How does java function becomes vulnerable if the order is changed

I am attaching a screenshot from a code in effective java book. In this the author says  -
Note that defensive copies are made before checking the validity of the parameters (Item 38), and the validity check is performed on the copies rather than on the originals. While this may seem unnatural, it is nec- essary. It protects the class against changes to the parameters from another thread during the “window of vulnerability” between the time the parameters are checked and the time they are copied. (In the computer security community, this is known as a time-of-check/time-of-use or TOCTOU
Screen-Shot-2018-02-01-at-12.16.36-A.pngI dont get this window of vulnerability thing. What exactly he is talking about.. Please suggest an example where the check was done before the assignment and due to some multithreaded thing There was an issue.
Rohit BajajAsked:
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Jan LouwerensSoftware EngineerCommented:
The "end" Date object is shared between two threads.
Thread 1 calls "Period p = new Period(start, end);". (Note that this would be the unprotected version of the Period constructor.)
In the middle of the execution of the Period constructor, the thread scheduler is switched to run thread 2.
Thread 2 calls "end.setYear(78);".
The thread scheduler switches back to thread 1.
At this point in time, a portion of the Period constructor is using an "end" Date with one value (before the task switch), while the remaining portion is using and "end" Date with another value (after the task switch).
You can see from this that the results from the Period constructor are not going to be what you expect.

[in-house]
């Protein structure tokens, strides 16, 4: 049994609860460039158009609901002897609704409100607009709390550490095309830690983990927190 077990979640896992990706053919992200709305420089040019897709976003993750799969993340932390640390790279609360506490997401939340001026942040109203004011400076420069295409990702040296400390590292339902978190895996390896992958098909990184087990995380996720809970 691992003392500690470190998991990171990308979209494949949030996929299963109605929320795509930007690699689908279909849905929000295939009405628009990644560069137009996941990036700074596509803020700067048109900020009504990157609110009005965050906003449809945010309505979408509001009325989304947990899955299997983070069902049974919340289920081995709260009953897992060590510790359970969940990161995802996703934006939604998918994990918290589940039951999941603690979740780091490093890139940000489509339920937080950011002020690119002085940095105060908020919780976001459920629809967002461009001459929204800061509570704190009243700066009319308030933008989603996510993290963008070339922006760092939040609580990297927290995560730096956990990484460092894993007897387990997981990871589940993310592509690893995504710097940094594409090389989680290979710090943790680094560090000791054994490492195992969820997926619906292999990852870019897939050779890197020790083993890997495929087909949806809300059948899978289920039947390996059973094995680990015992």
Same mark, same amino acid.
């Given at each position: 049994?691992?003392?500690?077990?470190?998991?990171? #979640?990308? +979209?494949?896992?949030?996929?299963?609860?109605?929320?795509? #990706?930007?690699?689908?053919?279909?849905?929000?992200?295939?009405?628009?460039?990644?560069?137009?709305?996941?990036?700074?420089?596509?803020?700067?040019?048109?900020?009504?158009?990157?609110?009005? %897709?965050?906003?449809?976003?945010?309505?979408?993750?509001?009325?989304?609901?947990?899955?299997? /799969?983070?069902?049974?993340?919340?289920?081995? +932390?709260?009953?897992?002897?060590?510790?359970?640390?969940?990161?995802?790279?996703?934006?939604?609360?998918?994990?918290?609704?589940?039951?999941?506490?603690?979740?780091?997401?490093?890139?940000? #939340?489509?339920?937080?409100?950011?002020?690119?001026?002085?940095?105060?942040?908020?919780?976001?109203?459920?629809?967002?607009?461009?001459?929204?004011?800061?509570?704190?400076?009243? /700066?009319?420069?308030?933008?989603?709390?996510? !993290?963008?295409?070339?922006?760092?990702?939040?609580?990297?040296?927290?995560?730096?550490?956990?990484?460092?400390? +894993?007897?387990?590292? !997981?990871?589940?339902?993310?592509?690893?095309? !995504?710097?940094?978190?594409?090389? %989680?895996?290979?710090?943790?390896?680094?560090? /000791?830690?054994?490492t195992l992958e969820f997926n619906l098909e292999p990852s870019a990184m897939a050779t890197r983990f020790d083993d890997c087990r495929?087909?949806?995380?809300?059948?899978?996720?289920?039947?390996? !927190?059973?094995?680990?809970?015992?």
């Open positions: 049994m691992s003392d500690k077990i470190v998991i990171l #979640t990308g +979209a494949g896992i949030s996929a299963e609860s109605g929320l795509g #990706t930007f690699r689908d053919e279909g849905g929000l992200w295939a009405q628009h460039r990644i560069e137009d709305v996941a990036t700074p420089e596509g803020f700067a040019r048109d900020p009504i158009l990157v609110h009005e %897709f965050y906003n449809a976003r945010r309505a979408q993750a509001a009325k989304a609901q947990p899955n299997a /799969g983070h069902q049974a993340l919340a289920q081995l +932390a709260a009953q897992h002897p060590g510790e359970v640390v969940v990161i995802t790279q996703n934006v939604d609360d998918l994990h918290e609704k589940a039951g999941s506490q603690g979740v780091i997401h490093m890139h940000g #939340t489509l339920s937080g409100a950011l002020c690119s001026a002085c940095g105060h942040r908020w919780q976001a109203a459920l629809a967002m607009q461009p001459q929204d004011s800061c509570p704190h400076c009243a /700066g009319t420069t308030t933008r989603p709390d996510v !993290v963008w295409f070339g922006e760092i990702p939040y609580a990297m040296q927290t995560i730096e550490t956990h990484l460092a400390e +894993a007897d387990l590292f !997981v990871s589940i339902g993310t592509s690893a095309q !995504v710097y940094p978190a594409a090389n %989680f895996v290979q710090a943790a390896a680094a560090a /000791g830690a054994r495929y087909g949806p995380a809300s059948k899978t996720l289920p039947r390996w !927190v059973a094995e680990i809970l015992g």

Any time in which the thread scheduler can switch tasks, rendering the currently executing code to become undetermined, is what's meant by the "window of vulnerability".

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Imagine the following code:

1 public Period(Date start, Date end) {
2  if (this.start.compareTo(this.end) > 0) {
3    throw new IllegalArgumentException(start + " after " + end);
4  }
6  this.start = new Date(this.start.getTime());
7  this.end = new Date(this.end.getTime());

Open in new window

Thread1 executes line 2 and it finds that the start is less than the end (so this is a valid date). Thread1 continues the flow and executes line 6 and is ready to execute line 7. Meanwhile, another thread, Thread2, changes the value of the "end" date (lets say to a date before the start date). When Thread1 executes line 7 the "end" date will have the wrong value. The window vulnerability is the time taken for Thread1 to go from line 2 to line 7. Within this time any other thread could have interacted with either "start" or "end" dates.
Both comments are correct.
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